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Re: Steel: Moment Connections

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LibertyEng(--nospam--at) wrote:
> I'm designing connections for a steel fabricator for a building in Maryland.
> I have a question that comes up regularly in designing moment connections.
> Why do folks specify that the beam web connections for shear use slip critical
> bolts?  The beam flanges are to be welded to the column flanges.  I haven't
> seen an AISC design example that uses slip critical bolts for the shear load.
> Many of the examples in Volumes 1 & 2 of the AISC Manual use bearing bolts
> (type X or N connections).  Under what conditions are type SC shear
> connections required in beam to column moment connections?  When are type X or
> N shear connections OK in beam to column moment connections?  Thanks in
> advance for any input.
> Jan Harris, PE
> Liberty Engineering, PC

My understanding is as follows:

The slip critical connection uses design values
for which the connection is not expected to slip
at allowable load levels.  Such a connection can
be used in those cases where you do not want the
connection to slip.  For the standard hole size
you would not expect slippage to exceed 1/8 inch
if it were not for the fact that the allowable
bearing values for bearing in the connection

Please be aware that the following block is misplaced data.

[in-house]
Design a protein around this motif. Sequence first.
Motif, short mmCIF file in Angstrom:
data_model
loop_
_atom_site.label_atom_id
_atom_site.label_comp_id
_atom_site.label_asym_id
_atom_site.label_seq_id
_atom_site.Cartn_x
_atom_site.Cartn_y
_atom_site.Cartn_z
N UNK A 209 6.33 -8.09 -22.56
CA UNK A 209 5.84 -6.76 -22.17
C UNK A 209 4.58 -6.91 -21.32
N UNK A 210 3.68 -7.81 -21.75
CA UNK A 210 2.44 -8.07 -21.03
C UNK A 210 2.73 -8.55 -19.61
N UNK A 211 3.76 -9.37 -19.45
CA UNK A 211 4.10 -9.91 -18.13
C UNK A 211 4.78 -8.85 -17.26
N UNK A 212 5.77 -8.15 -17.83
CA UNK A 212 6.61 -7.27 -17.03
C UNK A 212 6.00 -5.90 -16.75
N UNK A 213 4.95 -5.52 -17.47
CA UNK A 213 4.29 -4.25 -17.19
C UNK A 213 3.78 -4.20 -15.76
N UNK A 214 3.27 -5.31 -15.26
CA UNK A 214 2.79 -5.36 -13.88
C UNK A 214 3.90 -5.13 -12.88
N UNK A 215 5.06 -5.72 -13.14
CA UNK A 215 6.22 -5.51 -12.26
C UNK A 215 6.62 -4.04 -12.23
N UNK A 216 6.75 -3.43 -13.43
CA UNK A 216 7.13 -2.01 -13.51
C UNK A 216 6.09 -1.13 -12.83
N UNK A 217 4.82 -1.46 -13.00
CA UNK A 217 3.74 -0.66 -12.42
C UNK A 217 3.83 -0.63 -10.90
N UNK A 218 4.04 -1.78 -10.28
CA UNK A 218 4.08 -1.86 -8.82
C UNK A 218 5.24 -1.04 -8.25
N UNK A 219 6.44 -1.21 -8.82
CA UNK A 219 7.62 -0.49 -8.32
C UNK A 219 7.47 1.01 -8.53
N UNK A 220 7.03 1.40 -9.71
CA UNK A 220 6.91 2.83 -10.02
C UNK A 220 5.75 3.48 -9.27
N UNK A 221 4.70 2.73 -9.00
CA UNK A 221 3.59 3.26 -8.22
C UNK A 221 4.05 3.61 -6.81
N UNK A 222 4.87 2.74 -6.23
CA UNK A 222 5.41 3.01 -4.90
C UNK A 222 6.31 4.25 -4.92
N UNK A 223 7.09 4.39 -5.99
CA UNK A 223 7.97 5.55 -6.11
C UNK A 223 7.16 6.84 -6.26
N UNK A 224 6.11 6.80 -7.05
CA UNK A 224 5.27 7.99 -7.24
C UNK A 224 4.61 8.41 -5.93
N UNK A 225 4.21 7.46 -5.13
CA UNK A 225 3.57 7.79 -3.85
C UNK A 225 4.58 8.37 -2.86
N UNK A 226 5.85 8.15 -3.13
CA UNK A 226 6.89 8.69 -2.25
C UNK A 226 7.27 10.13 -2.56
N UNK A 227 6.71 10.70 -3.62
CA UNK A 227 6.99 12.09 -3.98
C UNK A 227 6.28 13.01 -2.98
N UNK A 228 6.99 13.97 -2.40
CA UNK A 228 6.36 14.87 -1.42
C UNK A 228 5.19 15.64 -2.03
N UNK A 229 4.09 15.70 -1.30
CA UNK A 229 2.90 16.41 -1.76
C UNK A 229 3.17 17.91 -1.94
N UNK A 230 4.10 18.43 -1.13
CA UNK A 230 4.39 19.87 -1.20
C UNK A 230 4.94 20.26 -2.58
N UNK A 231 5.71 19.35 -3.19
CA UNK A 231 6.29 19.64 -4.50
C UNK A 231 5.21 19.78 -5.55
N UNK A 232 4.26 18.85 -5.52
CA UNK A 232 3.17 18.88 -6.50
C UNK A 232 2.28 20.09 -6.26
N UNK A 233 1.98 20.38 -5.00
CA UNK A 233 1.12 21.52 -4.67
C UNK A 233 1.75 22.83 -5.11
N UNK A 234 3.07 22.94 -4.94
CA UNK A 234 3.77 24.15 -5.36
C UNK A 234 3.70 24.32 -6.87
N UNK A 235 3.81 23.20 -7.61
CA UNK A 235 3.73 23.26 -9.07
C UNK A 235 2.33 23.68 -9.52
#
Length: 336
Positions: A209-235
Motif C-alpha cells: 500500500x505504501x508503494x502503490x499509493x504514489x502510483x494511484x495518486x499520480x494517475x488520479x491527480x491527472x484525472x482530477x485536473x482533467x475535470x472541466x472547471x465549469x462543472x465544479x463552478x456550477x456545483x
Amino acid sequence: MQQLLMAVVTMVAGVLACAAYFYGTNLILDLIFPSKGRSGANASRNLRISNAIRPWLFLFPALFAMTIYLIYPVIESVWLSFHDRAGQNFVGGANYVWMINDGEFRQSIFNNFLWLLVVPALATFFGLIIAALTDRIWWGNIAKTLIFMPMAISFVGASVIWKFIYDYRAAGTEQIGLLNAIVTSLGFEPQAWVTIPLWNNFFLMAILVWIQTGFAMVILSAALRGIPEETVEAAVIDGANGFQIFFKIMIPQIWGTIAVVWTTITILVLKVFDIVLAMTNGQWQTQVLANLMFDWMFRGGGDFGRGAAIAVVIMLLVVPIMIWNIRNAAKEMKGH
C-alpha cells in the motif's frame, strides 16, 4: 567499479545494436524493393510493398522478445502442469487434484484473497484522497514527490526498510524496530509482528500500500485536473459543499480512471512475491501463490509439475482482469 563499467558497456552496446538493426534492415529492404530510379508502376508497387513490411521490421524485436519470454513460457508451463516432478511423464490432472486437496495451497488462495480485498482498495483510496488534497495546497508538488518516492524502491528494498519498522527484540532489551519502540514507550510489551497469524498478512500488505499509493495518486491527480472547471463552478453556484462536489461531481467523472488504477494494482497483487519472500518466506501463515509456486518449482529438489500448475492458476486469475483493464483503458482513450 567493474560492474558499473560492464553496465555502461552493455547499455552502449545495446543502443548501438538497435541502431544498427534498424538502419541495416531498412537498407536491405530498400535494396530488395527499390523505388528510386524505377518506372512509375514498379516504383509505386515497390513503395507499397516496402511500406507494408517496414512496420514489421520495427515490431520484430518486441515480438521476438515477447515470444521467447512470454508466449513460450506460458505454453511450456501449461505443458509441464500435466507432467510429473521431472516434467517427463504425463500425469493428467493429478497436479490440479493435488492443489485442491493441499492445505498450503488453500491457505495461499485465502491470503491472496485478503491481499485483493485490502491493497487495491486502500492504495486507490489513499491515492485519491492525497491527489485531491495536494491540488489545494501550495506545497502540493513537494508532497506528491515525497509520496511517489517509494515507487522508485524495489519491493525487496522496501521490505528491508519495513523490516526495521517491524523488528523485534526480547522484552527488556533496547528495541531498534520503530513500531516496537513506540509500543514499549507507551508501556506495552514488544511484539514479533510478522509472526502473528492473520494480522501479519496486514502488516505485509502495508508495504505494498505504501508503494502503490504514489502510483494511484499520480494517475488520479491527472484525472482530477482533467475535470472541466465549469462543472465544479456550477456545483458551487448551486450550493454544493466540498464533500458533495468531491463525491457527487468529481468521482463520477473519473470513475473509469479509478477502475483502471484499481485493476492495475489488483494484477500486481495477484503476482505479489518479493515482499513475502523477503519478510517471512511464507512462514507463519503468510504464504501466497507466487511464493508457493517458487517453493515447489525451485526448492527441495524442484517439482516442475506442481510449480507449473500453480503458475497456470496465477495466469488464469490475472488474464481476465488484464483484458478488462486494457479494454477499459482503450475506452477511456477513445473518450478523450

assumes that some inelastic elongation of the
holes is acceptable.  In other words, when your
joint sees allowable force level loads, you could
get quite a bit of reltive movement between
parts.  Slip critical connection are useful where
relative positions of the parts connected needs to
be held fairly fixed, or the relative rigidities
of various parts of the system need to stay within
limited range.  In moment connections, the stress
reversals one is designing for may make the slip
very pronounced.

If your bolts are not designed as slip critical in
a moment connection, then at allowable load level,
they will likely be prone to slip some.  The
flange welds then become the stiffest part of the
system and end up taking the shear as well as the
force that you designed for.  So, use slipcrticial
bolts, right?  Unfortunately, Northridge post
mortems on moment joints hinted that, due to a
sort of tension field action in the web, the
flange welds might try to take much of the shear

Order of completion may matter here.

For bolted web (slip critical or not) and full
pen. flanges:
First weld flanges.  Tension the bolts later.

For slip critical bolts in web in concert with
welded off shear tab and full pen. flanges:
First weld flanges.  Tension the bolts later.  Do
the shear tab weld to web last.

Stan Johnson, PE, add eggs, oil, and
water and stir thoroughly...   :)